Pivoting on a Dimon
America’s federal lawmakers need to get their priorities in order. Politicians from both chambers of Congress spent four hours over the past week publicly grilling JPMorgan boss Jamie Dimon. But they have far more pressing work to do.
Sure, Congress has a crucial role to play in ensuring the country’s banks are well supervised. And JPMorgan’s $2 billion-plus portfolio hedging loss does raise questions about risk management, the Volcker Rule and whether mega-banks like JPMorgan remain too big to fail.
But the bank’s Chief Investment Office debacle has not put the firm in danger – let alone trigger any emergency assistance from taxpayers. Even if the loss took a $3 billion chunk out of JPMorgan’s net income, that would still leave it cranking out more than $15 billion this year. And it has had no effect on liquidity or capital.
That makes it primarily an issue for regulators and the bank’s shareholders, who have seen $20 billion in value wiped off the firm’s stock since the loss was announced in early May.
But lawmakers could not resist indulging in some good old politicking. Representative Barney Frank, among others, tried pushing Dimon to admit that regulators need the funding that the Republicans want to cut. Fellow Democrat Representative Maxine Waters characteristically muddled matters, asking whether a “drop in share value affected shareholders in the U.S.” – and whether the trades were put on in London to avoid U.S. watchdogs, even though the office is overseen by American regulators.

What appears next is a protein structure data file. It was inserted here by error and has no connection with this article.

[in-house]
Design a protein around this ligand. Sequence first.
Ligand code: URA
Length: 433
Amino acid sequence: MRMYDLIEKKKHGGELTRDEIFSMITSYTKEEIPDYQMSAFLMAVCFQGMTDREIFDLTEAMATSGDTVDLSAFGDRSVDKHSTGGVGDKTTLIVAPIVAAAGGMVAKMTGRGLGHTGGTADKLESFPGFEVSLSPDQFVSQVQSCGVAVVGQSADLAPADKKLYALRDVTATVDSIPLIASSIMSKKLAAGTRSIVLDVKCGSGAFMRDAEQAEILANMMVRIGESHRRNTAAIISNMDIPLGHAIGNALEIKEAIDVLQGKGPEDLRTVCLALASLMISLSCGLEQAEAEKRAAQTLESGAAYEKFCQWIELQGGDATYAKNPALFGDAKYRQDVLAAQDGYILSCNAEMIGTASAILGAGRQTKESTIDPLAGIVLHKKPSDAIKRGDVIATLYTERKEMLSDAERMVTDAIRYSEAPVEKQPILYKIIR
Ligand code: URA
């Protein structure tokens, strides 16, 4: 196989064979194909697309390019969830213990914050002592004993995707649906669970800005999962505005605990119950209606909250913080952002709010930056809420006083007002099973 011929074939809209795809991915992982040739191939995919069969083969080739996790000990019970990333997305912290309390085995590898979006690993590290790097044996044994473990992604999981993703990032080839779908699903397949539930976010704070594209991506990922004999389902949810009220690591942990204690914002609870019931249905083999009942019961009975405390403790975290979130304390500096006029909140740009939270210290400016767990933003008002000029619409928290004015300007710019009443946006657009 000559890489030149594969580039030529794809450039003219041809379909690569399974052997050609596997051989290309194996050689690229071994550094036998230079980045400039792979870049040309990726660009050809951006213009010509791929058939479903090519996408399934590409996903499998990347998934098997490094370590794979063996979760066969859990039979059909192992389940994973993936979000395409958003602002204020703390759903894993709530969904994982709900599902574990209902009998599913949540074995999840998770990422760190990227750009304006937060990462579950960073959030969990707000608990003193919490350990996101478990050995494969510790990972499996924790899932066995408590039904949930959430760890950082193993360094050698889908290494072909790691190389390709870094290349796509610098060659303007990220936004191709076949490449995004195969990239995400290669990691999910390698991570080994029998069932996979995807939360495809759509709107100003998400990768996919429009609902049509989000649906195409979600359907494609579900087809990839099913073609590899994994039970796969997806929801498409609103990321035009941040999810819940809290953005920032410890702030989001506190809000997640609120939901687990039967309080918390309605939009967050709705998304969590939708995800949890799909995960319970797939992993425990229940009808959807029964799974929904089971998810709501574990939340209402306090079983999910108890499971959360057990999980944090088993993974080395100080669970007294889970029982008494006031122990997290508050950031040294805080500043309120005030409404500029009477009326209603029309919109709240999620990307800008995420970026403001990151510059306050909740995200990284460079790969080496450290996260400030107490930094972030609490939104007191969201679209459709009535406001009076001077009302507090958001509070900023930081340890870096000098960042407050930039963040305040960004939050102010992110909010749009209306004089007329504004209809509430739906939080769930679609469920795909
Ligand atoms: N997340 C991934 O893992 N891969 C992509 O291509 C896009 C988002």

GOP members took the opposite track, as Representative Jeb Hensarling tried to cajole Dimon into supporting regular bankruptcy for financial firms over the government’s new non-bank liquidation authority. Others stressed that the 2010 Dodd-Frank Act wouldn’t have prevented the loss.
But the showmanship is just wasteful distraction. Congress has serious fiscal issues to deal with, including a looming $600 billion fiscal cliff as well as weak job and GDP growth. The potential harm from not addressing that surely vastly outweighs using Dimon as an excuse for grandstanding. A government sliding toward another potential economic crisis should worry more about its balance sheet than JPMorgan’s income statement.